I beat myself up, knowing that I could have lied and said she could only transfer at 50th, where I was getting off. I could have had another five minutes. I could have asked her to have coffee with me. Could have been something meaningful. Or would it have been? Maybe I misinterpreted the intentions of a woman who was simply lost and looking for directions? She could have asked anyone on the train, anyone at all, but she chose to tap my shoulder, have me take out my earbuds to ask me. Or maybe she asked me because, oh I don't know, I was sitting right the fuck next to her?! 

I glance at old pistachio-fingers in front of me, packing up her newspaper and bag of nuts, getting ready to exit at 34th St Penn Station. 

She locks eyes with me again. This time she smiles. I maintain. 

Do I say hi? How do people do this shit? Do people actually do this? Do people meet people on the subway? Am I a creep if I say hi? Am I a creep if I ask for her number? What's the worst-case scenario? She maces me? That would suck. I've never been maced. That's a good thing. I've never taken a picture of my penis. Also a good thing. 

Train rolls into 34th St Penn Station. She gets up and leaves right away. Quickly. She's in a hurry. She disappears into the sea of mass-transit commuters and lost tourists. I am bailed out. 

I click to the next song on my Spotify playlist.  Sometime Around Midnight by The Airborne Toxic Event. One of my favorite songs. Fitting. 

I was kidding myself. I'll never, in a million years, get the nerve to ask a woman for her number on the subway. I'll create scenarios in my brian, artificial futures and different lives flashing by and vanishing just as quickly. None of which will ever some to fruition.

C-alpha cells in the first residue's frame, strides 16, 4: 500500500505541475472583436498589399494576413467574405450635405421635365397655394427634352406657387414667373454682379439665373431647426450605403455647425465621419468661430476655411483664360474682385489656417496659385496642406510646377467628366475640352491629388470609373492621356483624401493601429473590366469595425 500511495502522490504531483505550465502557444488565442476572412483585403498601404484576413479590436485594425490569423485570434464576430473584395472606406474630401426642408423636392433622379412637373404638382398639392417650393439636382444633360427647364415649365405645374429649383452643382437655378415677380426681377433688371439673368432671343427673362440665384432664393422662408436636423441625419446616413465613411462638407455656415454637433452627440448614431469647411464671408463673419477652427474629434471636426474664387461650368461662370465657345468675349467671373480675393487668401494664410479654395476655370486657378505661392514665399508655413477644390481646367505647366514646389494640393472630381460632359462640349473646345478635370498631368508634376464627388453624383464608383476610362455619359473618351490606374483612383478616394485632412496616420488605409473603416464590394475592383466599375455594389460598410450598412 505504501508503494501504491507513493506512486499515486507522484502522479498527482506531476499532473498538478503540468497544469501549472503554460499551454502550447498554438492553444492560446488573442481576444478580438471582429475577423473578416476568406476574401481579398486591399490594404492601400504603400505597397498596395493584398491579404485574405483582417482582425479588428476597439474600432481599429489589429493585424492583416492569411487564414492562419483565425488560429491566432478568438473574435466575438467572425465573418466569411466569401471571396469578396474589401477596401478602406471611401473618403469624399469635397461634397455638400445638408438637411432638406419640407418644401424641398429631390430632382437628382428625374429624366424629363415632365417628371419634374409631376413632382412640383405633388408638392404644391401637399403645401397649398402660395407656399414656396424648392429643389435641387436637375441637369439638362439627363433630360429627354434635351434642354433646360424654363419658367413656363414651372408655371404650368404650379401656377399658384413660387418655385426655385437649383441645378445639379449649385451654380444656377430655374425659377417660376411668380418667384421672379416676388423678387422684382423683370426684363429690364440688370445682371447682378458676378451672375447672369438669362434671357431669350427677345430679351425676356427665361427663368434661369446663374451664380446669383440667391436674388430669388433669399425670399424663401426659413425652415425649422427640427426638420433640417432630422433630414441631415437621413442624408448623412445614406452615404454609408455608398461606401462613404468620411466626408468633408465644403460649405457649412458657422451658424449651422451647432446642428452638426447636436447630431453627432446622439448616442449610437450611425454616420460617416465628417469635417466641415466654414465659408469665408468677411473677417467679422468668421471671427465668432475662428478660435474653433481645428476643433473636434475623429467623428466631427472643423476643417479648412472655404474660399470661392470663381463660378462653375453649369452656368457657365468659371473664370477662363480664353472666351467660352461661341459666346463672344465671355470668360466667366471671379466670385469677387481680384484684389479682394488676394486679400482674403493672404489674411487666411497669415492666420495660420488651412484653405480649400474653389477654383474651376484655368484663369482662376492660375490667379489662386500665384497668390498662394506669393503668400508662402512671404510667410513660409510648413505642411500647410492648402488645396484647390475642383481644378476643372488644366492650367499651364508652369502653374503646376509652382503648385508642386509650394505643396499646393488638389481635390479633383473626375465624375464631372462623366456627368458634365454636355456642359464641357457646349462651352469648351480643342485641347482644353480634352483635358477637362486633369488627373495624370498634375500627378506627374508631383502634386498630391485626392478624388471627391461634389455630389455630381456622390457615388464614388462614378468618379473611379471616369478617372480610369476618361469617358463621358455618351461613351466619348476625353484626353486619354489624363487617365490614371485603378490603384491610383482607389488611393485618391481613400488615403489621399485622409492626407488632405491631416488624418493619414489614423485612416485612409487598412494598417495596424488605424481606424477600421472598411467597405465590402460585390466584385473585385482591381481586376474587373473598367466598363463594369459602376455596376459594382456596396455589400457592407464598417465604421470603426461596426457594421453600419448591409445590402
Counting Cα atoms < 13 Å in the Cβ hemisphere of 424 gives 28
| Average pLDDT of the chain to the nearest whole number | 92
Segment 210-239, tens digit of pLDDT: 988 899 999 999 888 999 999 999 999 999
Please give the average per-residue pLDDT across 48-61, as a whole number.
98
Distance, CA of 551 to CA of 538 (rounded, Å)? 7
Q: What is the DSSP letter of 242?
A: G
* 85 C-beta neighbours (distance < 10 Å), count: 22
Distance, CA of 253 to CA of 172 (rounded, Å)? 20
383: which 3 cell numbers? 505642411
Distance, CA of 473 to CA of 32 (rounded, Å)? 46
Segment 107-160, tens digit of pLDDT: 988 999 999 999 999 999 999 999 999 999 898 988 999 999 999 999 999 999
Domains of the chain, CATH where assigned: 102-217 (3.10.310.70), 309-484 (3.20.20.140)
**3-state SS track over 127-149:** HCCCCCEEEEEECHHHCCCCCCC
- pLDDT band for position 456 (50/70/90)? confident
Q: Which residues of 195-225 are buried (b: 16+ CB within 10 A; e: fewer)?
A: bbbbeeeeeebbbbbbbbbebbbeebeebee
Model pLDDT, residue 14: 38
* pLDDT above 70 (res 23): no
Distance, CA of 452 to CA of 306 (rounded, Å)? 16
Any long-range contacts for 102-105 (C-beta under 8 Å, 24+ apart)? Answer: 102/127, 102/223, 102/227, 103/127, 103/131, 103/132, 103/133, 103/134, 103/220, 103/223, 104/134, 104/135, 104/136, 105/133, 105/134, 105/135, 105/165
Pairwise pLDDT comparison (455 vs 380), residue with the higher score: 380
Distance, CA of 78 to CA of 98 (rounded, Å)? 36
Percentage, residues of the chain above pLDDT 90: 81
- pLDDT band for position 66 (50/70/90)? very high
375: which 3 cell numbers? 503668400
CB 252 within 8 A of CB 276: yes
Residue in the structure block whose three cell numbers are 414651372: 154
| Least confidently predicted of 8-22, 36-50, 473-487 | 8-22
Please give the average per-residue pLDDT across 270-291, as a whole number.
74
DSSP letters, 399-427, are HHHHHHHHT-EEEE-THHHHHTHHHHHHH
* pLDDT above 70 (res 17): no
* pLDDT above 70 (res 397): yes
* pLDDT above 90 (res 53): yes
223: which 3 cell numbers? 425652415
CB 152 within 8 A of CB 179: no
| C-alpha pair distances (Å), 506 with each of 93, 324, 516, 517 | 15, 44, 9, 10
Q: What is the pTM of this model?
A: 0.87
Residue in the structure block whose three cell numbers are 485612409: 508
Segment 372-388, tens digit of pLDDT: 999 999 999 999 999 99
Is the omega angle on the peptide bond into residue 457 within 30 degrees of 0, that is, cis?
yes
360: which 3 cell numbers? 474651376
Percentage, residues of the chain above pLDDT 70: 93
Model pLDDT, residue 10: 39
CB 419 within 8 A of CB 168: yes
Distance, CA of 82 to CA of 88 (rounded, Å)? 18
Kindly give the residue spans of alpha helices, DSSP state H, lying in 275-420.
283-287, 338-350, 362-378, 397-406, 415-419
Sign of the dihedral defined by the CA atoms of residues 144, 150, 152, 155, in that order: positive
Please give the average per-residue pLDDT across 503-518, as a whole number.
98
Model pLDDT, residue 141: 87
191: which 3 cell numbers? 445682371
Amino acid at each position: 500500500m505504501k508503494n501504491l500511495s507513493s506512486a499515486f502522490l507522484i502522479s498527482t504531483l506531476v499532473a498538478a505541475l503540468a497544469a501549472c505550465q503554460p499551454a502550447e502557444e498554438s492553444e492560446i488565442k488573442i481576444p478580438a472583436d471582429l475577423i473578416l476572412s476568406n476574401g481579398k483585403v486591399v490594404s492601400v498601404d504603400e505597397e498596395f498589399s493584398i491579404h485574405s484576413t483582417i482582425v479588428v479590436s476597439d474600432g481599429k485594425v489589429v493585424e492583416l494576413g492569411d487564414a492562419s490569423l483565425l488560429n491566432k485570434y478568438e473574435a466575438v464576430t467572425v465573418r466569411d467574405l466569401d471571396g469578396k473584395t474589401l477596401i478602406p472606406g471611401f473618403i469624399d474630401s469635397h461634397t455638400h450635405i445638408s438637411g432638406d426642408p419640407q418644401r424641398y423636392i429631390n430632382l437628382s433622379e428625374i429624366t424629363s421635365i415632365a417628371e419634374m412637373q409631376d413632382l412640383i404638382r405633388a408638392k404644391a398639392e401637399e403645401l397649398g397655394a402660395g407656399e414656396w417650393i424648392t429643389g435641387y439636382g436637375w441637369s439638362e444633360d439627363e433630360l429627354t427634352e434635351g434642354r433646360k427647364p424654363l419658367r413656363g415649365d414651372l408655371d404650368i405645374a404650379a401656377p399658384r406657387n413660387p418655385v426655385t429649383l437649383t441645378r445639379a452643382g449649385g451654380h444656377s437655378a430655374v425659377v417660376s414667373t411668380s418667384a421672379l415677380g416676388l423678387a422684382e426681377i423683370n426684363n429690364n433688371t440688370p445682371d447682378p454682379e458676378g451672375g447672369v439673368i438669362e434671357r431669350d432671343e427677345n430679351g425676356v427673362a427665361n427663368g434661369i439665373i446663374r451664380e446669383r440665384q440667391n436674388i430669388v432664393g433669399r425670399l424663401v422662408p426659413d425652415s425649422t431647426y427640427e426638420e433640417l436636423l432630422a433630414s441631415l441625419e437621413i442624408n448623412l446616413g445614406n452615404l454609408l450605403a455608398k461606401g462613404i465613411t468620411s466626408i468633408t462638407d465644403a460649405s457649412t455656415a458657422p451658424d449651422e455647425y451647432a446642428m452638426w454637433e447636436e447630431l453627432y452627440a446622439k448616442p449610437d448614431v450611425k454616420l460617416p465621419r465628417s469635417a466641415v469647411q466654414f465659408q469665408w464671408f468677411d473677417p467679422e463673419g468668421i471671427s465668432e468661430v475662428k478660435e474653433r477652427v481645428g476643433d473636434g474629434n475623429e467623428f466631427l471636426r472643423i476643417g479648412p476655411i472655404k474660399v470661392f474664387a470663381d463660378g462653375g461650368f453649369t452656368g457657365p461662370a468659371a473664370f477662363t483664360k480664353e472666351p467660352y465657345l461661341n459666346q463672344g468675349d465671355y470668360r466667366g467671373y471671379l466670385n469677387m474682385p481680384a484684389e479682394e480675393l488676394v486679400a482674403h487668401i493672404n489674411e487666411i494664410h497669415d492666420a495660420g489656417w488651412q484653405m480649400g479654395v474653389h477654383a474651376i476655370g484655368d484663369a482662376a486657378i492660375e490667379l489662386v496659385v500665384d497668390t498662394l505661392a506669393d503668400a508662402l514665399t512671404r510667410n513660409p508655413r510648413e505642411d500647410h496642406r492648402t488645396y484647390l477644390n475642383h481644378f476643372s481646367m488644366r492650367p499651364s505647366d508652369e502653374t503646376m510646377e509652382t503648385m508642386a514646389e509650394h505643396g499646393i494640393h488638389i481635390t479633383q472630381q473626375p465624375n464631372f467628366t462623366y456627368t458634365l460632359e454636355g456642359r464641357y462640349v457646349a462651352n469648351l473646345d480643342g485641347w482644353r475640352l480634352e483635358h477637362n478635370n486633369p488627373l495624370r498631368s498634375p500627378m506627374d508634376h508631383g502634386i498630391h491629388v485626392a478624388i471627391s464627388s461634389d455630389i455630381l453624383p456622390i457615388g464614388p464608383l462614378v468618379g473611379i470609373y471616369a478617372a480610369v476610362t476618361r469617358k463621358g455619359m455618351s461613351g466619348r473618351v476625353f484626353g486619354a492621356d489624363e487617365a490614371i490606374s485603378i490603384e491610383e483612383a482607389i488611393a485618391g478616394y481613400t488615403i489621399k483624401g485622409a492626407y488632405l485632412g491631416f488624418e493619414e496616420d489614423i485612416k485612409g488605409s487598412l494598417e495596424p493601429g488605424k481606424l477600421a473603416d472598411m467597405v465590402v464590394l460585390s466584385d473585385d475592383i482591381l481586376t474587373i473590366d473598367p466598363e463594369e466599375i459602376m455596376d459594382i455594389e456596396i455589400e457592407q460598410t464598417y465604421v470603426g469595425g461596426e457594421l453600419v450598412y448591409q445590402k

The Washington Heights-bound C train stops at 50th. I exit and climb up the steps, staring at my phone and eagerly awaiting the top bar to go from "No Service" to "Verizon LTE". I open tinder, swipe a few times. Two new matches. Katie and Amber. Amber is cute. Katie looks like a close friend's identical twin. Block Katie. Enter TD Bank, fill out deposit slip, wait on line. Open Hinge. New batch of matches. Click the "hearts" on ever picture. Three new matches. Doreen, Ashley, Madison. Peruse their profiles. Message Ashley, ask her how her hump day is going. Open OkCupid. Two new visitors. Meg2213 visited me. She's cute. I click "like." 

The bank teller calls me over. She's attractive and sweet. I see her three or four times per week. Her claddagh ring points outward on her right hand. I notice this every day, yet never act upon it. She hands me my receipt, I thank her and leave. 

Open OkCupid again to see if Meg2213 "likes" me back. Nothing. I walk to work. Change into my uniform. Ten minutes to kill. I swipe on Tinder some more. No matches. I stare at my phone, waiting for a response. Nothing. Open Facebook, no new notifications. Open Twitter, no new notifications. Open OkCupid again, no new notifications. Open Hinge, no new notifications. 

It's 2:59pm, time to punch into work.

Doorman Season One Screening


I haven't posted much in the past couple of weeks because I've been busy with other stuff, but look out for a few new stories in the next few days. 

We're deep into post-production on the four new episodes of Doorman that we've made, they're awesome, and we can't wait for you to see them! So, as a thank you to those who donated their hard-earned cash and provided an overwhelming amount support, we're doing a binge-watching session of the entire first season before we air it! Then afterwards, we'll drink and be merry! 

If you were at the pilot screening last year, you know a great time was had. This year will be no different. 

All are welcome. And we ask that, if you intend on coming out, you bring at least one friend who is completely unfamiliar with the project. We'll be showing the pilot before the new episodes and would like to get some fresh perspective on the show. 

Below is a link to the Facebook event. It's an open invite, so if you'd like to attend, please RSVP. Remember, only dicks RSVP yes and don't show. Don't be a dick.

Hope to see you all there!